While we campaign against misogyny, we must not fall into the trap of thinking Labour is above it; doing so lets women members down and puts the party in danger of not taking them seriously when they report incidents. 

The House of Commons’ women and equalities committee recently stated that political parties should have robust procedures in place to prevent intimidation, bullying or sexual harassment. The committee looked at this thanks to the work of Gavin Shuker, who has helped in taking up this issue since we first started highlighting it. Labour should follow this advice, put its values into action and change its structures and culture if we are to make our party safe for women.

We need thorough and enforced codes of conduct: online, offline and at all levels of the party, from branches to the parliamentary Labour party. These should be made clear to everyone upon joining, include reminders at the start of meetings and be up in every campaign office in the country.

Too many members – particularly new and young members – say they don’t know how to report incidents or what will happen if they do. This information should be given to all members, made easily available on the website and circulated to all local parties.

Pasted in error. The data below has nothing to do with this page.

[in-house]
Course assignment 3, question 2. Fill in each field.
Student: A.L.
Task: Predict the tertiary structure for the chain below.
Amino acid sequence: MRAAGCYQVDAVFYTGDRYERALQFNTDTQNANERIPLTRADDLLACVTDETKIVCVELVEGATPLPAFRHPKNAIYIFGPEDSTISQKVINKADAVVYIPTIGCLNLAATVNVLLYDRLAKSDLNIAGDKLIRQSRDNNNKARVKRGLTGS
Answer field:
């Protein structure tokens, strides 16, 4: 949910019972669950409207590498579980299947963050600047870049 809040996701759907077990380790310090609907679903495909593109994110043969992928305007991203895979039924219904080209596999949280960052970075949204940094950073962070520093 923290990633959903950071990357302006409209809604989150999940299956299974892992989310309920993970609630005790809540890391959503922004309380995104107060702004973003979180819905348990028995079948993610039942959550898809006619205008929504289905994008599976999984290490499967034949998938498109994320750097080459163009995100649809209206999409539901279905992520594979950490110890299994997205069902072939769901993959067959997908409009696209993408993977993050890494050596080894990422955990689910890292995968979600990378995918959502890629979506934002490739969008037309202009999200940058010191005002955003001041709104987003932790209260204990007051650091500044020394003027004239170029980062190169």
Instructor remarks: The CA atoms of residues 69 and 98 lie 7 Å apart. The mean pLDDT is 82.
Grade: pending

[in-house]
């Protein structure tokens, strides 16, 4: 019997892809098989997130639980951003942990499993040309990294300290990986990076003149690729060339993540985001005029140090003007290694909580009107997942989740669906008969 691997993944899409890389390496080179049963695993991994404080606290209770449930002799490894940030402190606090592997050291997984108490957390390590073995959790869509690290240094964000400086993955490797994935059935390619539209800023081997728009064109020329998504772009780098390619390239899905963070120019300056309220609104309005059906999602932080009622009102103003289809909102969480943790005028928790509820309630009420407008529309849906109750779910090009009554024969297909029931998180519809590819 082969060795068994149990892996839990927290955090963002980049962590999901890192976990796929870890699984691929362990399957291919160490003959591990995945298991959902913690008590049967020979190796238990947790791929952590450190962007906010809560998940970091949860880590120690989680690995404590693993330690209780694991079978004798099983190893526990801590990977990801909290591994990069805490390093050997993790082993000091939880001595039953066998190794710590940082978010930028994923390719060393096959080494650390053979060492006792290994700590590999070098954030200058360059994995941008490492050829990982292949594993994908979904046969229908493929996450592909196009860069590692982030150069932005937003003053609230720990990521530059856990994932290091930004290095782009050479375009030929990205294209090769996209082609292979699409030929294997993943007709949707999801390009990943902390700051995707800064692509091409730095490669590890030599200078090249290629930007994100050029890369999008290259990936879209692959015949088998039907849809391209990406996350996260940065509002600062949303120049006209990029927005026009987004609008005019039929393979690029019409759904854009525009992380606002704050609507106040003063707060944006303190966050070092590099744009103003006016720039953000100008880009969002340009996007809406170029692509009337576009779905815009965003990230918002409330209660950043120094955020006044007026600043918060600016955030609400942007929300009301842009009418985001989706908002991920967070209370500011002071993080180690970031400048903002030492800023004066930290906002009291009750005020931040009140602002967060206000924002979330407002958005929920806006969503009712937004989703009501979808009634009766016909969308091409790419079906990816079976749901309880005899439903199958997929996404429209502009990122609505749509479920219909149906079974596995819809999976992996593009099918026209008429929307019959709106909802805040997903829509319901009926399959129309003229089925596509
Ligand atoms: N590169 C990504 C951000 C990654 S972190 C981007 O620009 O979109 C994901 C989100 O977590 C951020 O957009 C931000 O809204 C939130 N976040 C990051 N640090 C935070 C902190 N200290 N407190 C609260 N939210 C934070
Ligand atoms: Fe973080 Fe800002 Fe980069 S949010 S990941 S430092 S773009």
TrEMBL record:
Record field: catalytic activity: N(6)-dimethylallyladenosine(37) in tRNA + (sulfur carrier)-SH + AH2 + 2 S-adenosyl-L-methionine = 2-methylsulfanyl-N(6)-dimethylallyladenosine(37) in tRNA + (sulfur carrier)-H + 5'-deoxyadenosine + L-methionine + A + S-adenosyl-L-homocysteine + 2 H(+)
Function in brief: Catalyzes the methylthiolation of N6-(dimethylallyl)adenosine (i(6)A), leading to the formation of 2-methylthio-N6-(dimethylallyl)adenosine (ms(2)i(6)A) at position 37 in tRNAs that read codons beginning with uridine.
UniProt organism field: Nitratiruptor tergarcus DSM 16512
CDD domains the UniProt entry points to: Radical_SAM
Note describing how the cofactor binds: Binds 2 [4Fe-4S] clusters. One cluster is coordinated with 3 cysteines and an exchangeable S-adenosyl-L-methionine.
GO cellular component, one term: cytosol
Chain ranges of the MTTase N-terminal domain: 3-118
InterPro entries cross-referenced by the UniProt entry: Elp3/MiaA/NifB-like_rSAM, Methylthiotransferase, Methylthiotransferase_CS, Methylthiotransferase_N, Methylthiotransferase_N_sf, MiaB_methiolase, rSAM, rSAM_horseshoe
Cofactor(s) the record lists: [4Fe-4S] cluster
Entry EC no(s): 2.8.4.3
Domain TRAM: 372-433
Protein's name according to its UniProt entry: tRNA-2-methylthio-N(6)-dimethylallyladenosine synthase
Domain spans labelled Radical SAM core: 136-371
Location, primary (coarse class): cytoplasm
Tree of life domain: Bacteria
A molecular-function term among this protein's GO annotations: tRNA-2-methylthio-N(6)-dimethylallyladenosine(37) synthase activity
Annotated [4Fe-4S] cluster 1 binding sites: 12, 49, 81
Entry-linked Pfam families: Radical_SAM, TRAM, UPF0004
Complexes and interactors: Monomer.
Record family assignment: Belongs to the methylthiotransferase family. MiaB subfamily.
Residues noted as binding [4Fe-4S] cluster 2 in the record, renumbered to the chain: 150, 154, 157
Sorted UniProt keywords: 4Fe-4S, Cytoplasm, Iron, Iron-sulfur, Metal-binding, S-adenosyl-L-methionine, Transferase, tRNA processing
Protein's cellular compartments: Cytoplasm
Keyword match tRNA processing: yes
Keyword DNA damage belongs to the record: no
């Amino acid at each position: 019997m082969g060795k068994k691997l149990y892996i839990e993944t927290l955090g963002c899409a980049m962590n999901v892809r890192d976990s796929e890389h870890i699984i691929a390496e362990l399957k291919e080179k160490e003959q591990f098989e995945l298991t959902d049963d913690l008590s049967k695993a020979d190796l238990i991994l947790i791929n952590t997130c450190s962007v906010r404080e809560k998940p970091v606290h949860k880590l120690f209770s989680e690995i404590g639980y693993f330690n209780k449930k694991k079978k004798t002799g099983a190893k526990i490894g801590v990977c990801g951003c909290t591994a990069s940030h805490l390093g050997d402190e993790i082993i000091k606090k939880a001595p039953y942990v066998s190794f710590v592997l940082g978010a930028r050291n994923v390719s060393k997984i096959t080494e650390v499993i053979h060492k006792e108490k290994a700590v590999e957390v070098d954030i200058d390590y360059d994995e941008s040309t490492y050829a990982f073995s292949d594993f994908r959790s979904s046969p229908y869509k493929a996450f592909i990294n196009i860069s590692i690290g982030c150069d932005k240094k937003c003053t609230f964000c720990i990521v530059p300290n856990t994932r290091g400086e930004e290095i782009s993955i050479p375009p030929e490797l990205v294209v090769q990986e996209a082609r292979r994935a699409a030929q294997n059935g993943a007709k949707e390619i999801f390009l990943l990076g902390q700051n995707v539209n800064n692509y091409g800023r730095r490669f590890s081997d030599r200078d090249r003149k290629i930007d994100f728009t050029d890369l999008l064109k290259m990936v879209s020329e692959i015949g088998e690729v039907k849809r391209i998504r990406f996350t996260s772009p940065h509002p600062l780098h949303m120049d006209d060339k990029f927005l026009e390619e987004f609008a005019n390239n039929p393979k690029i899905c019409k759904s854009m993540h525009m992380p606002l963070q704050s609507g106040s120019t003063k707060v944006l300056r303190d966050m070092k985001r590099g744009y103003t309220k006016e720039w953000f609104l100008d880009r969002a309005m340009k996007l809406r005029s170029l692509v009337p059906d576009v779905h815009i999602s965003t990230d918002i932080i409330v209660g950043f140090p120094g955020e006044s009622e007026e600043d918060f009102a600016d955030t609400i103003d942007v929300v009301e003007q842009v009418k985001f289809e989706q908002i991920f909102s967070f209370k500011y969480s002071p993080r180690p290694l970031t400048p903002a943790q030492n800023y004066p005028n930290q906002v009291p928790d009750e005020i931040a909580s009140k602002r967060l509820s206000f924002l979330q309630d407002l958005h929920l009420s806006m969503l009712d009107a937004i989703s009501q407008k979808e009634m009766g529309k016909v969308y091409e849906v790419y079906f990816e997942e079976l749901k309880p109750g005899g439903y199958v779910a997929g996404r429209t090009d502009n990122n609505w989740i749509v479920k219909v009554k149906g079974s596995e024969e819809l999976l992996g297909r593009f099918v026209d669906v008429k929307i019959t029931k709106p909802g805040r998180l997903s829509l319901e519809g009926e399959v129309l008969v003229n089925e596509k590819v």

Too many people – including MPs and local party leaders – still say they wouldn’t know what to do if a local member told them they had been sexually harassed. All staff members and people in positions of responsibility should be given training, so they can support members and feel comfortable responding to issues.

Having a third party organisation or individual to deal with complaints of this nature would be a huge help too. Their contact details should be easy to find on the website. This organisation should, crucially, be independent of influence from elsewhere in the party. This would allow them to perform their role without political pressures or bias. We need a system that gives members confidence that they will be treated fairly, not one where members are worried about reporting incidents because the man in question holds power, has certain political allies or is a friend or colleague of the person you are supposed to complain to.

Giving this third party the resources and access they need to identify issues within our party and recommend further changes to the NEC would help to begin a continuous process of improving both our structures and culture.

Labour should champion a more open culture, where people feel able to report incidents and don't have to worry about ruining their career or facing political repercussions if they do so. Problems should not be brushed under the carpet. It takes bravery to admit your faults. But, until these problems are faced head-on, they will not go away.

Being the party of equality does not mean Labour is immune to misogyny and sexual harassment, but it does mean it should lead the way on tackling it.

Now is the time for Labour to practice what it preaches and prove it is serious about women’s equality.

Bex Bailey was on Labour’s national executive committee from 2014 to 2016.